The Exorcism

Date 9th January 2020
Society Wick Theatre Company
Venue The Barn Theatre, Southwick
Type of Production Play
Director Susanne Crosby


Author: Mark Hall

The Exorcism from TV’s “The Dead of Night”, written by Don Taylor, translates brilliantly from the small screen to the stage. For me. It was an unknown piece and, after some research beforehand, a bold proposition in my opinion but one that director Susanne Crosby achieves brilliantly. The plot is summarised as follows: a couple stumble upon an abandoned cottage in the countryside whilst out walking. Deciding it would be an idyllic second home. They purchase it and renovate to a high standard.  We join the couple on Christmas Day where they are entertaining another couple. A series of strange and unexplainable events lead to conflict, tension, denial and acceptance, culminating in a poignant, yet stirringly relevant, finale. 

The direction is natural and the pace excellent. An exceptionally wordy script, especially for a cast of 4 to comprehend is superbly delivered with no obvious dropped lines or stumbling. Credit to both the cast and director for an extremely well rehearsed performance. 

A beautiful set, encompassed the stage allowing us to feel like we were there in their cottage living room with them. The well dressed set, complete with a roast turkey and Christmas dinner, was credit to Di Tidzer and Doffey Reid. 

For a play to be able to grip you, the atmosphere needs to be right and Martin Oakley does a hauntingly good job with the lighting design. Subtle changes in the lighting are cleverly used to increase the tension. The sound effects were convincing and the whole production brought off a terribly eerie aura which complemented the script perfectly.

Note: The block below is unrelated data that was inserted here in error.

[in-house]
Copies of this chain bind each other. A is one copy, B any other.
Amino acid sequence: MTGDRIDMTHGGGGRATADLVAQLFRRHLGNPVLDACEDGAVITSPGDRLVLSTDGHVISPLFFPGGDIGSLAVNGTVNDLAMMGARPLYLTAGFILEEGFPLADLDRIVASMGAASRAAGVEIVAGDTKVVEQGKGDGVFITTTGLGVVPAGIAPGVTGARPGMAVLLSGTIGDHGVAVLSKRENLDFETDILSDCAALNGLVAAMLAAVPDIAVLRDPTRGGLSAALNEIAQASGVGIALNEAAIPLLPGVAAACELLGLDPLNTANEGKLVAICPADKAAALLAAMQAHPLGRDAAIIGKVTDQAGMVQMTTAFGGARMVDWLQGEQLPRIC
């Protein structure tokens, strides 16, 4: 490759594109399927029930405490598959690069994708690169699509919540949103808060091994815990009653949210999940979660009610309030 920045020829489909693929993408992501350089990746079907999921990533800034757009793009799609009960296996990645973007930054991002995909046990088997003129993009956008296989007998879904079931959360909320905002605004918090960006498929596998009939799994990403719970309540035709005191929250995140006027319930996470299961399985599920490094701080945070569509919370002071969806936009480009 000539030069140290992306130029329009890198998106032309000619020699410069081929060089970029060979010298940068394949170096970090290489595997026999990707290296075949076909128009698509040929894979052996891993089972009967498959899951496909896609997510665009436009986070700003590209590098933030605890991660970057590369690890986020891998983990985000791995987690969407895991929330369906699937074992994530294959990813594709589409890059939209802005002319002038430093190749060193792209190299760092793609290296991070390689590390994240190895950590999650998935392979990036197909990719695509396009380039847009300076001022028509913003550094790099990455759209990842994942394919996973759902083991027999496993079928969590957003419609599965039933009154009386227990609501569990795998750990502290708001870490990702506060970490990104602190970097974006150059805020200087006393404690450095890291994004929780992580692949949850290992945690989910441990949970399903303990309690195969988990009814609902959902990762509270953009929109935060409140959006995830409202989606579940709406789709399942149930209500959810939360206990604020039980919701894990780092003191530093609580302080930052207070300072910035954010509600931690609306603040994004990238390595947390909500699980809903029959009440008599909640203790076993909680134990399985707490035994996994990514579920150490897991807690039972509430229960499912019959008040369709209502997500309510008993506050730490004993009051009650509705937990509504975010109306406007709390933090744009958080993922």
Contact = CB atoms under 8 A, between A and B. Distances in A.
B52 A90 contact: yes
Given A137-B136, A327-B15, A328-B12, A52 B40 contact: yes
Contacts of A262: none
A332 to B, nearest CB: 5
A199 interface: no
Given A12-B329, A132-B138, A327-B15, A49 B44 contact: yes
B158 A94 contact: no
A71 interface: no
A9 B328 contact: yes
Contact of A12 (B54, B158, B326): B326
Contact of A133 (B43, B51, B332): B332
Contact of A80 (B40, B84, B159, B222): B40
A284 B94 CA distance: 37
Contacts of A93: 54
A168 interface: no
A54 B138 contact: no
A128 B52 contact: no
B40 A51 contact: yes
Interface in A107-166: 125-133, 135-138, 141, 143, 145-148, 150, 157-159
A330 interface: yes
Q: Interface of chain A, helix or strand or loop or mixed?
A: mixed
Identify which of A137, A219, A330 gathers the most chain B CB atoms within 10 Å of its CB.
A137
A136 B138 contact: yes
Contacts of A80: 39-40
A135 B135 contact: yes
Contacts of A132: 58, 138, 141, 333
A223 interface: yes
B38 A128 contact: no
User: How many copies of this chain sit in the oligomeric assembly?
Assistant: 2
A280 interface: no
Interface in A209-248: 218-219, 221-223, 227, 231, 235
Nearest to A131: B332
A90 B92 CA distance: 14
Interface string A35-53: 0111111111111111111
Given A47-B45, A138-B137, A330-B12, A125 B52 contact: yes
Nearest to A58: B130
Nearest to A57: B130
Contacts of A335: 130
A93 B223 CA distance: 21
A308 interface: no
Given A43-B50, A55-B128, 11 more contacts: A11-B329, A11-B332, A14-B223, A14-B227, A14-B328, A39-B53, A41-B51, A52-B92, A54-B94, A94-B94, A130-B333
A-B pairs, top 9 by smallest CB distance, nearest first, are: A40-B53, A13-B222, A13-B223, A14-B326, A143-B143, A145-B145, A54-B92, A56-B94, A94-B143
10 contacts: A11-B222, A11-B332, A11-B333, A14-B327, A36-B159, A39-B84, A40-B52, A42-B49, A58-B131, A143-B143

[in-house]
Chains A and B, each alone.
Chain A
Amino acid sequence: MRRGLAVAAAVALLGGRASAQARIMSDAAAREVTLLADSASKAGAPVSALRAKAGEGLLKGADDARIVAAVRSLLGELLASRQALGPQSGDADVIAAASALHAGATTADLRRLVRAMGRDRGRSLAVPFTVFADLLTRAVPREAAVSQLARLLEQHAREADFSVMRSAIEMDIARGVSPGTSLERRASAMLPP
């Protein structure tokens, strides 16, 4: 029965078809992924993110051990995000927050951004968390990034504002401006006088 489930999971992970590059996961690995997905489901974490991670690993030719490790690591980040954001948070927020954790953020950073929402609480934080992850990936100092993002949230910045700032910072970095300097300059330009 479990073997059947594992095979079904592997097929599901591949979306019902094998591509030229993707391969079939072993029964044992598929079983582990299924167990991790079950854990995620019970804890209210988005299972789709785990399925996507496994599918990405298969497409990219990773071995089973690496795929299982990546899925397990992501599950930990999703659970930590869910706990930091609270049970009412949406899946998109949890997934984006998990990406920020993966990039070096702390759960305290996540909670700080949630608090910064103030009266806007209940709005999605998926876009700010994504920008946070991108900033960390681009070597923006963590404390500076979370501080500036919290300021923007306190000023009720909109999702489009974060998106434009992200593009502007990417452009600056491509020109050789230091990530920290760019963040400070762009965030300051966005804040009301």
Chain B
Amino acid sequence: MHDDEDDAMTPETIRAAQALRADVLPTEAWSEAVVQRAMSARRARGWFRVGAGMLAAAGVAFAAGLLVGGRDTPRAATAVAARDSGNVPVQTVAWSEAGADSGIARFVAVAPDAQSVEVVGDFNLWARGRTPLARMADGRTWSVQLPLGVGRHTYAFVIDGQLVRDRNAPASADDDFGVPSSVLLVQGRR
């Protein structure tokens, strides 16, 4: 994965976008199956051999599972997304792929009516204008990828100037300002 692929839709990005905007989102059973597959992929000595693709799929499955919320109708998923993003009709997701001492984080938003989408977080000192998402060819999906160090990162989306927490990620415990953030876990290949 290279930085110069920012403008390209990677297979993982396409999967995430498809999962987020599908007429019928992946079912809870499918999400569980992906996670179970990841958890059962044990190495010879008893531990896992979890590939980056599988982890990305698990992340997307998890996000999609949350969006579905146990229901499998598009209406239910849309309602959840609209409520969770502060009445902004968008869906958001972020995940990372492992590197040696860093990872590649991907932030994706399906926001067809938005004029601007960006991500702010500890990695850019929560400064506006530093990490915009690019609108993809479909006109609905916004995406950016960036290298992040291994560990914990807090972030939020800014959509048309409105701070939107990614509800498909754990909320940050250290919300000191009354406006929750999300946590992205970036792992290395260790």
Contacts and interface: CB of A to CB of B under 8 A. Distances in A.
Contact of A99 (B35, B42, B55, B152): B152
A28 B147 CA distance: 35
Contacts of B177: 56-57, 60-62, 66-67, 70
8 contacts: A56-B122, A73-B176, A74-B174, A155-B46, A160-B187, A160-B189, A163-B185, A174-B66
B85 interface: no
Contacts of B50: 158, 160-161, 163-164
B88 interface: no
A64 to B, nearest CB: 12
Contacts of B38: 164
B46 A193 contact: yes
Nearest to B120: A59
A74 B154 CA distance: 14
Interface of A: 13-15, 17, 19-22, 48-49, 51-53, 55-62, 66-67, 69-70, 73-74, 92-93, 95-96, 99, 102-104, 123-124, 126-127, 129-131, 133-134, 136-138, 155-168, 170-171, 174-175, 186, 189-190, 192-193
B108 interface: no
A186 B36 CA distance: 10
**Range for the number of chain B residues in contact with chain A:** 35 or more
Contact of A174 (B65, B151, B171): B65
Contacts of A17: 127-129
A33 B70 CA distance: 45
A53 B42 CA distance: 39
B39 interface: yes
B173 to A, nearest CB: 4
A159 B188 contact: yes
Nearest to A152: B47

Sam Razavi, as Edmund, was excellent with a whole spectrum of emotions and complemented his onstage wife, Rachel, played by Anna Quick. Her transition from well spoken hostess to the portrayal of the exorcism was remarkable and spellbinding.

A production such as this, with limited effects, budgets and technology, relies heavily on the ability of the actors and boy did they deliver. All four held the audience captive with actions, reactions and expressions signifying the feelings of their characters at that moment. 

John Garland gave an accomplished performance as Dan with unwavering optimism on all the peculiarities surrounding him and Emily Dennett portrayed Margaret with an assured confidence and logic. The perfect foil to Dan’s occasional eccentricity. 

The subplots of the script are still as relevant today as they were at the time of writing and allow for a moment of reflection of the divisiveness of society. Theatre should always leave you thinking. And this piece certainly did that. Unexpected twists, turns and a surprise ending meant this truly was a remarkable production and plaudits are well deserved to all involved.